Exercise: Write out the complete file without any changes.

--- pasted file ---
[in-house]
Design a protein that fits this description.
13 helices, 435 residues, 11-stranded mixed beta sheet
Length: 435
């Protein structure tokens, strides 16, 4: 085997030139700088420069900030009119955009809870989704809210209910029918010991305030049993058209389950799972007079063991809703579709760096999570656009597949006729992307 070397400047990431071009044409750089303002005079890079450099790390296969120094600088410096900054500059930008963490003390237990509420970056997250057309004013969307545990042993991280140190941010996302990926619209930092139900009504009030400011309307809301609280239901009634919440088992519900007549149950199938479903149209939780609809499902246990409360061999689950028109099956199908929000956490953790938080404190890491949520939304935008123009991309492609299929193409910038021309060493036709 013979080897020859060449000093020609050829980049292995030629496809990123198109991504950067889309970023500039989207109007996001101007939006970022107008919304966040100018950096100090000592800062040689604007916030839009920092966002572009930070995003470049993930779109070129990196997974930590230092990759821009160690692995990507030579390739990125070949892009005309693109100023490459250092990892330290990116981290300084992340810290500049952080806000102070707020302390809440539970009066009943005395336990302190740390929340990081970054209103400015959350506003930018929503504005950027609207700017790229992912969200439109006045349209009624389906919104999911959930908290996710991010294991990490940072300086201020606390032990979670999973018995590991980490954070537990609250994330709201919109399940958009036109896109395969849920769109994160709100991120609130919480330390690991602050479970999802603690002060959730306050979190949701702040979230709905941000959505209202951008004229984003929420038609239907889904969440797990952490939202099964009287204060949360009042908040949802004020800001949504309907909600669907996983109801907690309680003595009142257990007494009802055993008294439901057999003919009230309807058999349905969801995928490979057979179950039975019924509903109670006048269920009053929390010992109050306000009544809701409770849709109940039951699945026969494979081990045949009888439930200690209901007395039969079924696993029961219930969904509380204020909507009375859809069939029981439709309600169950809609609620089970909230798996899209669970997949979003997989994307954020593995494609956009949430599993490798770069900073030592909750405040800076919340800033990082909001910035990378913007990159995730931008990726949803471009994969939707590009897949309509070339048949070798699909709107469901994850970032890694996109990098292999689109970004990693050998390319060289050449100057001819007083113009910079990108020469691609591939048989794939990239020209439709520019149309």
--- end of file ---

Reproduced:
[in-house]
Design a protein that fits this description.
13 helices, 435 residues, 11-stranded mixed beta sheet
Length: 435
């Protein structure tokens, strides 16, 4: 085997030139700088420069900030009119955009809870989704809210209910029918010991305030049993058209389950799972007079063991809703579709760096999570656009597949006729992307 070397400047990431071009044409750089303002005079890079450099790390296969120094600088410096900054500059930008963490003390237990509420970056997250057309004013969307545990042993991280140190941010996302990926619209930092139900009504009030400011309307809301609280239901009634919440088992519900007549149950199938479903149209939780609809499902246990409360061999689950028109099956199908929000956490953790938080404190890491949520939304935008123009991309492609299929193409910038021309060493036709 013979080897020859060449000093020609050829980049292995030629496809990123198109991504950067889309970023500039989207109007996001101007939006970022107008919304966040100018950096100090000592800062040689604007916030839009920092966002572009930070995003470049993930779109070129990196997974930590230092990759821009160690692995990507030579390739990125070949892009005309693109100023490459250092990892330290990116981290300084992340810290500049952080806000102070707020302390809440539970009066009943005395336990302190740390929340990081970054209103400015959350506003930018929503504005950027609207700017790229992912969200439109006045349209009624389906919104999911959930908290996710991010294991990490940072300086201020606390032990979670999973018995590991980490954070537990609250994330709201919109399940958009036109896109395969849920769109994160709100991120609130919480330390690991602050479970999802603690002060959730306050979190949701702040979230709905941000959505209202951008004229984003929420038609239907889904969440797990952490939202099964009287204060949360009042908040949802004020800001949504309907909600669907996983109801907690309680003595009142257990007494009802055993008294439901057999003919009230309807058999349905969801995928490979057979179950039975019924509903109670006048269920009053929390010992109050306000009544809701409770849709109940039951699945026969494979081990045949009888439930200690209901007395039969079924696993029961219930969904509380204020909507009375859809069939029981439709309600169950809609609620089970909230798996899209669970997949979003997989994307954020593995494609956009949430599993490798770069900073030592909750405040800076919340800033990082909001910035990378913007990159995730931008990726949803471009994969939707590009897949309509070339048949070798699909709107469901994850970032890694996109990098292999689109970004990693050998390319060289050449100057001819007083113009910079990108020469691609591939048989794939990239020209439709520019149309």